I can’t get away from fractals. They seem to be an integral part of every organization and individual life. Whether its personal decisions or running an organization; there seems to be a pattern that emerges consistently and similarly over time. It has me wondering why nearly everything we experience is Fractaled in nature. The way I handle a sales call to human relations all carry a fractal dimension that can’t be ignored. The purpose of this article is to explore the presence of fractals in human connection and relations, and how our choice are all connected whether they converge or diverge, and how that influences our well-being.
First, let me define what a fractal is for those of you who may not be clear on that term. Merium-Webster defines a fractal as:
“any of various extremely irregular curves or shapes for which any suitably chosen part is similar in shape to a given larger or smaller part when magnified or reduced to the same size
Here are some visuals of fractals that might help with understanding what a fractal is:
If you really want to dive down the rabbit hole, check out this article by Brian Watt, 2018
When I consider the human body—or any organism for that matter—I have to consider the complexity of the systems that were developed over eons that seem to be very effective at maintaining and sustaining life. While some of the systems are incredibly complex (e.g. the human brain or circulatory system), others are simple and seemingly unnecessary (e.g. the erector pili muscles that control hair standing up on end; the source of goose bumps). Yet, every one of these serves a function no matter how small.
Our man-made world follows a similar pattern to the fractals we see in an organism. Similar to organs in the human body we have organizations (stemming from the Latin word organum, meaning a system or instrument; etymonline, 2019). We have circulatory systems in the form of transportation systems like highways, railways, and river ways that influence the flow of materials from one area to another. Our cities are designed in clusters similar to the lungs, liver, kidneys, or heart; all in different sizes, and all with different specialties.
Just like we can calculate the distance from Denver to LA and the time it would take to get there based on the mode of transportation (About 2 hours by plane, 17 hours by car, 22 hours by train, 112 hours by bike, and 355 hours if you have some time on your hand and want to walk; according to Google Maps), we can calculate the distance and the time it would take for a blood cell to travel from the heart to the brain—An interesting fact here. If spread out, blood vessels in the adult body would stretch out to over 100,000 miles (The Franklin Institute, 2019). And, going a little further here, we can start to predict human behavior because there is a pattern that shows up as we go about our lives and that consistency can be useful in understanding our nature.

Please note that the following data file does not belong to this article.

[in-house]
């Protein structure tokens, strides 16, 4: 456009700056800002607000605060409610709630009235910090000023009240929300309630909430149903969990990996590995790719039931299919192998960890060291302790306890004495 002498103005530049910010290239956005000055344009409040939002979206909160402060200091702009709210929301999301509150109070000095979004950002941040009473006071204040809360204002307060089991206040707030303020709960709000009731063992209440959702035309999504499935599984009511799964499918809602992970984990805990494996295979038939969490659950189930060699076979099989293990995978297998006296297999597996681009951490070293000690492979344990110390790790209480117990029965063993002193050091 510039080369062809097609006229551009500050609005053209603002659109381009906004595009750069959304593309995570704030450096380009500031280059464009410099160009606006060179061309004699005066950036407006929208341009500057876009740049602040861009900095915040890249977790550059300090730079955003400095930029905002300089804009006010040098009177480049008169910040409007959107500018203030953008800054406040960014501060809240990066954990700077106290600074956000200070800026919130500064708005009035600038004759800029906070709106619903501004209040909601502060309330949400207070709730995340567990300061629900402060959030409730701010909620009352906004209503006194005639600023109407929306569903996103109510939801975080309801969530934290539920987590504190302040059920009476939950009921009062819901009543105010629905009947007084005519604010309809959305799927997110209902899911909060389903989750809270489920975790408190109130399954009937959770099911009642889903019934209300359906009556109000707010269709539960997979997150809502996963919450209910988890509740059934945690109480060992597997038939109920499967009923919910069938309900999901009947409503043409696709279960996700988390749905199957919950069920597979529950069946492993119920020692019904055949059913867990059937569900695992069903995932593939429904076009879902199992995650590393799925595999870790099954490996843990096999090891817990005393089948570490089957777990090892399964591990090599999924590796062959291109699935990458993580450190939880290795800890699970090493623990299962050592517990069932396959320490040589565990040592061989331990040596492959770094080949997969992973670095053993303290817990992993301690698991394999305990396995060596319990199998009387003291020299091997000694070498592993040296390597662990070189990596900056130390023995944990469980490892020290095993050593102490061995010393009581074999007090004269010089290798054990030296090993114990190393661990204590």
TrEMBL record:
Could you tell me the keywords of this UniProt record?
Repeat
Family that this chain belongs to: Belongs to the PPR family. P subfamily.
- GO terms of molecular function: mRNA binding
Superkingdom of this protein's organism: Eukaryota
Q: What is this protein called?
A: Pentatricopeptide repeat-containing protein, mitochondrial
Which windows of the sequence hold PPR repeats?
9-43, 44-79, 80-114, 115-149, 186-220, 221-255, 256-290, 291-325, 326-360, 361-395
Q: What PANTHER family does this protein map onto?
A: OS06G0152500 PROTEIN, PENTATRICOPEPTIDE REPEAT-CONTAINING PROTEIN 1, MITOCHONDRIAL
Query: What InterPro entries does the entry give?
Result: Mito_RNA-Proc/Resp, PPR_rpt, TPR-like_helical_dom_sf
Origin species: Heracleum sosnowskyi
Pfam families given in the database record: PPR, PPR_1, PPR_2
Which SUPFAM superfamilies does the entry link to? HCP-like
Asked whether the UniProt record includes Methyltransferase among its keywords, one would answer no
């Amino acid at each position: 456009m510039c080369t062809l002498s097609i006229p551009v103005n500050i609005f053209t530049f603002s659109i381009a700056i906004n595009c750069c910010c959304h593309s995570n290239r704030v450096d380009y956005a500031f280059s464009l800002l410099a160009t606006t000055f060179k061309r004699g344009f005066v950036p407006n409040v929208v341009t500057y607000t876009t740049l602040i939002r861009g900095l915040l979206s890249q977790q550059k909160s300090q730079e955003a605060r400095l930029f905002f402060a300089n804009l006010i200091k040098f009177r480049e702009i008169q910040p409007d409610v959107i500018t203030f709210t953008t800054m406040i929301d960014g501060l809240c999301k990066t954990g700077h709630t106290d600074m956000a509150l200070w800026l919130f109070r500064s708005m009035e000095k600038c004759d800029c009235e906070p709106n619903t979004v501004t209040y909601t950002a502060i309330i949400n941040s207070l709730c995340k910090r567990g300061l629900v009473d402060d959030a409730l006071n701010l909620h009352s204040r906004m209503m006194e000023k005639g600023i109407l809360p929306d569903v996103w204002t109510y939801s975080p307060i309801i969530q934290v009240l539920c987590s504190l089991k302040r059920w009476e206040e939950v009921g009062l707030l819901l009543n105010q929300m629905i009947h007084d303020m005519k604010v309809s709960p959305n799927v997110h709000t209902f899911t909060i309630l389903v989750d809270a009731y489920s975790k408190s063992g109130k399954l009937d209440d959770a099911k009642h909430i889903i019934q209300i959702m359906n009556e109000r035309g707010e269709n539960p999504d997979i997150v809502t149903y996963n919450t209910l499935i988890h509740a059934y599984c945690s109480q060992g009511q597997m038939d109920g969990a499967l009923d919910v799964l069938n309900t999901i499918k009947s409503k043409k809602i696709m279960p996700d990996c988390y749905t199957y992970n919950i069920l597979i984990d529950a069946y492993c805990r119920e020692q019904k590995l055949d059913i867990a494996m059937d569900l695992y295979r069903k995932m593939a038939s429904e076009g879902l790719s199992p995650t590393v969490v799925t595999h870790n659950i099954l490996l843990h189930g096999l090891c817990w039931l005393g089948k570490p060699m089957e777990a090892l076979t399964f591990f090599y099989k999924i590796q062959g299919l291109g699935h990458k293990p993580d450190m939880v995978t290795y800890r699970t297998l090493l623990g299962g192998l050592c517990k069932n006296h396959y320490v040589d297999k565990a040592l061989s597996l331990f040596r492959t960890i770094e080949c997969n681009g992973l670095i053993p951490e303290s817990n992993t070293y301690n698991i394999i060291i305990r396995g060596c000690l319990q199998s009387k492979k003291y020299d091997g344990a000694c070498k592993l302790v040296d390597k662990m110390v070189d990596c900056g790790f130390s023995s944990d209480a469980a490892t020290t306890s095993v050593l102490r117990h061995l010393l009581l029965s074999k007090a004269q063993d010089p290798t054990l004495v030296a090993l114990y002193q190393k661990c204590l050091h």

If we were to attach sensors to my body and track my physical movement day in and day out, I would imagine there consistent paths that I take on a daily basis. You would see a path from home to work and because of the quantity of use, this path would be strong. You would see a path from work to Maverick and a path from work to different restaurants. Some of those paths would be stronger than others as I like some places better than others. Inside of my work, you would see a path for my daily walks, trips to the restroom, visits to other staff members. Each varying in strength depending on how frequently those behaviors occur. In essence you would see a clear pattern similar to the trails created by humans and animals.
You would clearly see my physical behaviors based on the number of times I traveled those paths and it would be Fractaled in nature. Some paths stronger and more pronounced than others.
Now, let’s talk about relationships and the Fractaled nature of relationships. I will use my marriage and my relationship with my soon to be ex-wife, as an example, but this could apply to any human interaction; good or bad. Prior to meeting my wife, I was single-obviously—and I had a set of behaviors that were pretty pronounced. We could say I had my own path. I met her—our paths crossed in a sense—and we were married 17 years ago as of this article. During those 17 years we had a lot of behaviors together. We weaved our lives together, had children, had sex, did all the things married couples did, and had a really strong bond. You could almost imagine it like a tree. Well, something happened in our relationship and that bond was severed. Let’s imagine that our tree fractured. In that fracture, we began to diverge; her going her way and strengthening new behaviors while I went my way and did the same. It’s possible we could have grown back together and mended things, but in our case we didn’t. We ended up separating because of our changes and are now working toward an amicable divorce. While we still have a connection because of the kids, it is weakened between us, and strengthened with the kids. It’s almost as though our behaviors vine out to our kids which still gives us somewhat of a connection with each other. I feel like this image of the tree portrays what I am describing in our behavior and connection with each other even in our divergence.